Wednesday, January 29, 2014

Happy Nerversary, Cookie.

The other night I was lying on the living room couch with Chad, in the dark, in the silence. And in all of the beauty of that moment, all I could think about were the nights and early, early mornings I would come downstairs because I was unable to sleep through all the pain of Trigeminal Neuralgia. I would lie on the couch, trying to find a place of comfort deep, deep inside since there was no comfort to be found in any layer near the surface of my brain or body. The darkness was never good, or helpful. In the dark I would get scared and sad about the future and living in such pain. But then the dawn would eventually come, when the thought of the sun would wake the birds, and they would stumble down their tree stairs for breakfast. There's a bush outside our living room window that was often the first breakfast choice for lots of sparrows and chickadees, apparently. Those birds, chirping, tweeting, hopping, would inexplicably give me the strength to get through the day. And I will always love our couch, and that window to my mornings in our living room, for that reason.

Tomorrow, January 30, is the 5th anniversary of my successful Microvascular Decompression surgery. It's a strange thing to be on the other side of such an awful disorder. I wasn't faced with my mortality, but I was faced with living a very difficult, painful life that was not what I had imagined. It was excruciating to consider living that life, literally. And I think that's why the birds at dawn really did help--they reminded me that I just needed to fix it. I just needed to refuse to accept that fate. So I refused. And besides my daughter Grace, that is the biggest accomplishment of my life.

On the other side of it, now, what I remember are mostly the amazing things, not the awful things. The small, seemingly insignificant gestures from people that made such a huge difference in my life are the things that I find myself thinking about. A lot.

What I really want to do is turn this into a long, long, detailed thank-you note that could never ever do justice to my true feelings of gratitude. But then it wouldn't get posted tonight. So here are some highlights:

During my worst years with TN, I was lucky enough to work at an amazing place with amazing friends. I couldn't have asked for a more understanding community. My boss quietly listened, asked the right questions, and created a hammock of support and understanding. My desk-mate spent countless hours listening, handing me my heating pad named Larry, and the night before my MVD she braided my hair. My other desk-mate, without any conversation, understood how much pain walking across a windy bridge to the train station would bring. On countless evenings he would ask me when I was leaving, to simply walk in front of me as my human windshield.

My family spent years struggling with me, through diagnosis and research and so, so much fear. My sister talked me through some of the scariest, most painful moments I can remember. My father was my guide and navigator through not only the medical system but also gently pushed me to realize that I had to get over the "why me" aspect of my reality.  My parents were my champions the night my surgery was almost cancelled--both of them truly fought the system for me, and probably did more for me that night than I am even aware of. My mother then came home with me and did all the things she had done 30 years before--fed me, watched as I slept, made me drink, even bathed me. Then, I saw those actions as a daughter. Now, I see them as a mother, myself, and I understand. I understand that for her those motherly duties were as non-negotiable as my surgery was to me.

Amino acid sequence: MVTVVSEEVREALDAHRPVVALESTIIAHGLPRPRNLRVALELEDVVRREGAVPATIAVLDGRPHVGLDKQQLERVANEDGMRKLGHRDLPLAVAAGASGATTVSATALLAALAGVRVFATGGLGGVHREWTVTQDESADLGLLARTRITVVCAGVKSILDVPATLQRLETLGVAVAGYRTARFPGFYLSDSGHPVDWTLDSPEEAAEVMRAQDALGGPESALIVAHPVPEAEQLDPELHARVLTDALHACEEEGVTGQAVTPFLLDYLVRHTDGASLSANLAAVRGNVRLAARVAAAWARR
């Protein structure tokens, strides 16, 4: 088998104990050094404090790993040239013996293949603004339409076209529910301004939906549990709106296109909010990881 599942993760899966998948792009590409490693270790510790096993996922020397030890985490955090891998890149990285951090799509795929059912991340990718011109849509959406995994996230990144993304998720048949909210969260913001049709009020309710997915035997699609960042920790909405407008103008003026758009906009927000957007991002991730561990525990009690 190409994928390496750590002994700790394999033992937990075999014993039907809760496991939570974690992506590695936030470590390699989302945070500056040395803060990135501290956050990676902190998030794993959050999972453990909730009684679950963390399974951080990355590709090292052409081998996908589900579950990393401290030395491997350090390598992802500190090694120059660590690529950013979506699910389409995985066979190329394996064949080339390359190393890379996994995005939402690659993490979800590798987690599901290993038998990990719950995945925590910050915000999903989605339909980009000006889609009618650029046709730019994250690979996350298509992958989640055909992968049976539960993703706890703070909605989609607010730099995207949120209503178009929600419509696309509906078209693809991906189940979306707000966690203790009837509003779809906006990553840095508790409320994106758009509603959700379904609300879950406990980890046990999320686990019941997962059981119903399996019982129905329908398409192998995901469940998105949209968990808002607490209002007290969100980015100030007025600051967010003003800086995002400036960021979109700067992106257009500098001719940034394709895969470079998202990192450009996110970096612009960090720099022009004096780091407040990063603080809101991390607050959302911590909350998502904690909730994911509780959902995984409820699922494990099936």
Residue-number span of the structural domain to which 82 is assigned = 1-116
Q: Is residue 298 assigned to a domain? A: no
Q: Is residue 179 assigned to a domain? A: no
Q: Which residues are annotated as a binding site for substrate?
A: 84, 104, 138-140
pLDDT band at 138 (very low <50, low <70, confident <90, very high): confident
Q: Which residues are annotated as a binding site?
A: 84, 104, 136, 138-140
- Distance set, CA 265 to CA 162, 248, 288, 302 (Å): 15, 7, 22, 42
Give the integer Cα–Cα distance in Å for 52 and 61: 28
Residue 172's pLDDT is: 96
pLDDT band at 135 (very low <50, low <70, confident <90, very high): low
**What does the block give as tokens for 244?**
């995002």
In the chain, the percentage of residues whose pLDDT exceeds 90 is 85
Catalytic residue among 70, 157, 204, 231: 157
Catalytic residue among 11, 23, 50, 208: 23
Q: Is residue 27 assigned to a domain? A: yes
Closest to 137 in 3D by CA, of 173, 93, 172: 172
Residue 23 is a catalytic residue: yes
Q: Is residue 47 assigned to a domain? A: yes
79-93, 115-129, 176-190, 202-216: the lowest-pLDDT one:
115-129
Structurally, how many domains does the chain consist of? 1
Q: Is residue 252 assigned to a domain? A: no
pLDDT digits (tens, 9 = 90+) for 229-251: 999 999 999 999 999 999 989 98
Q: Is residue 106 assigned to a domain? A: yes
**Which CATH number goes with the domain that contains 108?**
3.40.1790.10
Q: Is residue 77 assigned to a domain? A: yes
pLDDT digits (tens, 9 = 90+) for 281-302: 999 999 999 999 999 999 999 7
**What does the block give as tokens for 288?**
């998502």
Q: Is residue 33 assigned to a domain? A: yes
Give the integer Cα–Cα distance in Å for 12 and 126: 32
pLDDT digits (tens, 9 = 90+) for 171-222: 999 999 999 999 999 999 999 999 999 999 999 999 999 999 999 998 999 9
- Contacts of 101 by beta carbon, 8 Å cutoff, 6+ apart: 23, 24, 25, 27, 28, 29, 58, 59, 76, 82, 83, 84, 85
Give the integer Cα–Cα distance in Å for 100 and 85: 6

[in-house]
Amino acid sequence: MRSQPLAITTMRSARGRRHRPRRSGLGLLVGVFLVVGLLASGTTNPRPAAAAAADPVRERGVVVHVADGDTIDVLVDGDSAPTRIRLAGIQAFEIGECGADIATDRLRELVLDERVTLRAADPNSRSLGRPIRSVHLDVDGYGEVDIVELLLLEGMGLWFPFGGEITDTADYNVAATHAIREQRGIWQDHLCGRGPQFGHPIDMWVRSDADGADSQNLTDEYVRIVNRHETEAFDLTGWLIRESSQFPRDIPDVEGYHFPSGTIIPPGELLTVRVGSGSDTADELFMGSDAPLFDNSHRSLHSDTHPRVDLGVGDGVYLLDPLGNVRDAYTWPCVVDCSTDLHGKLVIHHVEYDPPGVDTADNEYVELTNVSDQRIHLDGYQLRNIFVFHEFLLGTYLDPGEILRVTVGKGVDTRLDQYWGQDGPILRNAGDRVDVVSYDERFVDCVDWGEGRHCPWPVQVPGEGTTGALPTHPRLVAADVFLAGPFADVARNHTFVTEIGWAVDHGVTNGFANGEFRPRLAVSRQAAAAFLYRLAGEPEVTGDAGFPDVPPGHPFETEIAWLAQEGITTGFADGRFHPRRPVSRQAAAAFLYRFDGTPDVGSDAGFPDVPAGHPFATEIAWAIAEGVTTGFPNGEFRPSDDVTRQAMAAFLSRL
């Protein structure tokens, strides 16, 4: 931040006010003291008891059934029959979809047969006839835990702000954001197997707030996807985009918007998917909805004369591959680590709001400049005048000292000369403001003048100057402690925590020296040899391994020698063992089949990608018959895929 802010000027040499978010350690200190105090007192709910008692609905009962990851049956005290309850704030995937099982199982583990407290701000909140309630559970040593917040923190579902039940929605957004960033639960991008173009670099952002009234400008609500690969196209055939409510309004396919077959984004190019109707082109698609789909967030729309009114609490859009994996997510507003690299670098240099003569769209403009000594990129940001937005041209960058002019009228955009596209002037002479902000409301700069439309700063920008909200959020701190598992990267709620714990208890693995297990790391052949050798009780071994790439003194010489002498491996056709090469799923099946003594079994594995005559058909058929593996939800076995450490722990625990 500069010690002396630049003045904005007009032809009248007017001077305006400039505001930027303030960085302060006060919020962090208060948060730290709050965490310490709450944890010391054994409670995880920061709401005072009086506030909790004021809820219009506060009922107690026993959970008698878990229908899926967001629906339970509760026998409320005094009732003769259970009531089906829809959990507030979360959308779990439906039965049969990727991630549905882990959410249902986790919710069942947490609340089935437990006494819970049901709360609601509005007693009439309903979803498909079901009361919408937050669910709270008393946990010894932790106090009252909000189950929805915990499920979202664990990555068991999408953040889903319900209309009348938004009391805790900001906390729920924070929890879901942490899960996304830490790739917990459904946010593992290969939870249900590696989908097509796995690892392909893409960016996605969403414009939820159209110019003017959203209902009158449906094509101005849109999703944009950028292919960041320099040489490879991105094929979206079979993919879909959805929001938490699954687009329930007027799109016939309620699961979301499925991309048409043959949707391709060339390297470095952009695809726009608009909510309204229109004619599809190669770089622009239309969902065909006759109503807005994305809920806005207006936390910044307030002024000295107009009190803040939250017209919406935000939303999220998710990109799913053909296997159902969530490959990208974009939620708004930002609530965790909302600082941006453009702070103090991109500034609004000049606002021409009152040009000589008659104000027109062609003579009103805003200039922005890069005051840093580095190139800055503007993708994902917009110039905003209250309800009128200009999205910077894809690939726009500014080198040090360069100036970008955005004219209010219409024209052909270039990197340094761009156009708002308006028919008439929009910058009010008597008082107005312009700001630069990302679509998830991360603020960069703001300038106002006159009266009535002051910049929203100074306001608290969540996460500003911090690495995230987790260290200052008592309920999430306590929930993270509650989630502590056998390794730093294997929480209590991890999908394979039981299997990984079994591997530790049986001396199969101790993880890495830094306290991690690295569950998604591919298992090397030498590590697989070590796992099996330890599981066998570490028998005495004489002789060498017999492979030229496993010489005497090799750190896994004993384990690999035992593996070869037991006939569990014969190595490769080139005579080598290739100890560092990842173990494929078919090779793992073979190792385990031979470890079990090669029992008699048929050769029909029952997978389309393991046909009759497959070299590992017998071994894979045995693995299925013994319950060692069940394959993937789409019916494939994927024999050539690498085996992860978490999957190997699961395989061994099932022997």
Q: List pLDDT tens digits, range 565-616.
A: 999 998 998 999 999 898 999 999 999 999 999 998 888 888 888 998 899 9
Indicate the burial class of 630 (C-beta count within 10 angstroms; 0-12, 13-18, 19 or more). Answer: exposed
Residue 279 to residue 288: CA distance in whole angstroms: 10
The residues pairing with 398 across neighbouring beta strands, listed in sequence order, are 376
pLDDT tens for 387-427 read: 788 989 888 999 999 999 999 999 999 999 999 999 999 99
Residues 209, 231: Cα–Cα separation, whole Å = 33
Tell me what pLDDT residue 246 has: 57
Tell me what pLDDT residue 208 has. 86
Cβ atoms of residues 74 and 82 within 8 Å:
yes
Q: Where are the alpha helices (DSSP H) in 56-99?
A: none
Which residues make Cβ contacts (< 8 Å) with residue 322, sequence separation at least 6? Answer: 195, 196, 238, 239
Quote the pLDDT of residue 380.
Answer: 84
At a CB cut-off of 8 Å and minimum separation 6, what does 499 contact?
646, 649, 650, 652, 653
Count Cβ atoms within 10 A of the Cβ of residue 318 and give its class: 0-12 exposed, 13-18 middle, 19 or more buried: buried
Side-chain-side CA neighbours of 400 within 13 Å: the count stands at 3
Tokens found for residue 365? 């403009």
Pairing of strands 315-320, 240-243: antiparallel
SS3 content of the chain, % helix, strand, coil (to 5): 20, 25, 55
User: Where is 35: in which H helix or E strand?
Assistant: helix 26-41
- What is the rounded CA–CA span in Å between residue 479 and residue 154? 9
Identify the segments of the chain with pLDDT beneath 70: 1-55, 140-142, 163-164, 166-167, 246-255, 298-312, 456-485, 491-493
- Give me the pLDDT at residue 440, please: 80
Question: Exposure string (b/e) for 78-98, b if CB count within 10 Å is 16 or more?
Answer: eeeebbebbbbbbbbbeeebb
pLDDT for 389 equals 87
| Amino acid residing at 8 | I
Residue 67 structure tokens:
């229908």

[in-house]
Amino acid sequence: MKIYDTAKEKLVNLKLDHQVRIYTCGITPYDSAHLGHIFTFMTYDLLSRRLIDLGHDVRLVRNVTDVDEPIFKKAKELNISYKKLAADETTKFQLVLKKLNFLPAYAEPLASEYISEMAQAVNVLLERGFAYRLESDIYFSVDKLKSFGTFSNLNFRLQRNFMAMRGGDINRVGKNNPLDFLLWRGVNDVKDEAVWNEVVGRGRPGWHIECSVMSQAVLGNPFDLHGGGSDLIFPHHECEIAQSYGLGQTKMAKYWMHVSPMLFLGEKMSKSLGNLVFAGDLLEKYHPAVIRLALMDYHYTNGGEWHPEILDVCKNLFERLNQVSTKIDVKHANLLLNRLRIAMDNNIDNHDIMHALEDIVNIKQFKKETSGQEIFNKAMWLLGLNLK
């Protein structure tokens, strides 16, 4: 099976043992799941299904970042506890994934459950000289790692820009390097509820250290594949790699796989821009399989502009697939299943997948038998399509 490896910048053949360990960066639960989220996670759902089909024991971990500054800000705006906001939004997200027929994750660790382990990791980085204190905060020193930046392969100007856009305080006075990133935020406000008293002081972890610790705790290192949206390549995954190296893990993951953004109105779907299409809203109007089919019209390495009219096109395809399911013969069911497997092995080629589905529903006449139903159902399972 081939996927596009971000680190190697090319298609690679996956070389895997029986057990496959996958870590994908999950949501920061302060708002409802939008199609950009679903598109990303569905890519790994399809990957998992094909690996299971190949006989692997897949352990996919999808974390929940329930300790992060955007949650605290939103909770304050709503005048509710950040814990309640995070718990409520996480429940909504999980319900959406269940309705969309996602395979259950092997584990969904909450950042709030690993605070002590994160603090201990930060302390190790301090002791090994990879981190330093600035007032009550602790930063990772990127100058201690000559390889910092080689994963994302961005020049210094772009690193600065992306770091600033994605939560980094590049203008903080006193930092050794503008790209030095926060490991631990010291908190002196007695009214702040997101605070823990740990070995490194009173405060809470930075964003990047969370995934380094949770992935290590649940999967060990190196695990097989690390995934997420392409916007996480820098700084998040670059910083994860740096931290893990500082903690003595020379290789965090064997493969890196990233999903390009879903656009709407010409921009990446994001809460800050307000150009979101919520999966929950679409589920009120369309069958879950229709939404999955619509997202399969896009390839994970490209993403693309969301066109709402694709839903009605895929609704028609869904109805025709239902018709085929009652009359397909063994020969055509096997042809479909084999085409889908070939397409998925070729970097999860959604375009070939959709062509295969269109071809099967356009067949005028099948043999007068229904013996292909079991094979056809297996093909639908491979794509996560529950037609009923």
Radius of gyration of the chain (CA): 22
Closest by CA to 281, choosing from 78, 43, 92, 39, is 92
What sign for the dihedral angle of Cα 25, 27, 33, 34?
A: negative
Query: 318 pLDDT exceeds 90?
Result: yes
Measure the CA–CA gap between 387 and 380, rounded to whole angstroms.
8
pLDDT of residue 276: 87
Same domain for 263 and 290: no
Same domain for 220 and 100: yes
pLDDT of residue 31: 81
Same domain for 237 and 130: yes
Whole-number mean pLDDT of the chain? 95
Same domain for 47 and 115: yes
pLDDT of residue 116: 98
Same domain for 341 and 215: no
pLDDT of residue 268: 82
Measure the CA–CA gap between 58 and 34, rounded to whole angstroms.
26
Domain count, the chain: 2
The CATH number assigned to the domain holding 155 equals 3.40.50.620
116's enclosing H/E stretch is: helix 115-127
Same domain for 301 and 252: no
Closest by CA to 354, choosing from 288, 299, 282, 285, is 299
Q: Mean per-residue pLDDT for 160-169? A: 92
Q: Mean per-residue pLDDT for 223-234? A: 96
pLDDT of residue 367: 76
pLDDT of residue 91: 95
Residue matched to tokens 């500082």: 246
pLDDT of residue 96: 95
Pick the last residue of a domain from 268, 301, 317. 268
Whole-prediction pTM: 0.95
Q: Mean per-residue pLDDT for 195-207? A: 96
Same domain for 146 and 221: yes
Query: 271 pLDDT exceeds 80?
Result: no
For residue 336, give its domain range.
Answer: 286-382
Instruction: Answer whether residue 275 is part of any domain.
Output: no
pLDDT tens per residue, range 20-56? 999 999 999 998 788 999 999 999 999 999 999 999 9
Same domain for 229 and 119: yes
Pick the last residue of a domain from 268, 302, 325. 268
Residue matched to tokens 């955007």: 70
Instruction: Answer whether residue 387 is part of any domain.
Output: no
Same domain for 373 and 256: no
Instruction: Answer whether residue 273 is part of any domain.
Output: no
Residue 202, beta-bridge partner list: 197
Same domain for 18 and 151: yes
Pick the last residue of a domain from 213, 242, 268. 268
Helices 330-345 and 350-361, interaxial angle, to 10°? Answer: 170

There were countless others who made huge efforts to help and show how much they cared. One friend in particular not only stocked my freezer with homemade soup, but, while Chad and I were in the hospital, she met a plumber at my house to fix a leaky radiator, with her newborn in tow. That is a friend.

I remember Chad buying me Twinkies because they would fatten me up and were soft enough to eat, and I remember how they didn't taste nearly as good as they did when I was 12. He made me laugh, constantly, even about the TN. But those are trivial things. The true difference he made was in always reassuring me that he still loved me when I felt broken and felt like I let him down because I couldn't be the wife and partner I wanted to be and had dreamed of being. I thought, so many times, that I had become a true ball and chain with none of the good and all of the bad. But he always proved that was never the case. In the first years of our marriage, Chad went through enough sickness, health, better, worse, good times and bad for many, many marriages. And I cherish him for every second of it. Chad was the one who woke me up from surgery, who whispered in my ear, "Baby, you were right--they fixed it--they found the veins. You were right!" I love that it is his voice that I hear when I remember that moment, because he suffered right along with me and he knew, he knew so deeply what those words meant.

6 weeks after my MVD, I went for a final visit to my surgeon. The last words he said to me that day were, "I hope I never see you again."

Me, either.

Happy, happy, happy 5th Nerversary.

October, 2012. (c) Tracy Emanuel 

(For those who want more info about TN, the more detailed story can be found here. And for a story about a friendship forged through TN, go here. )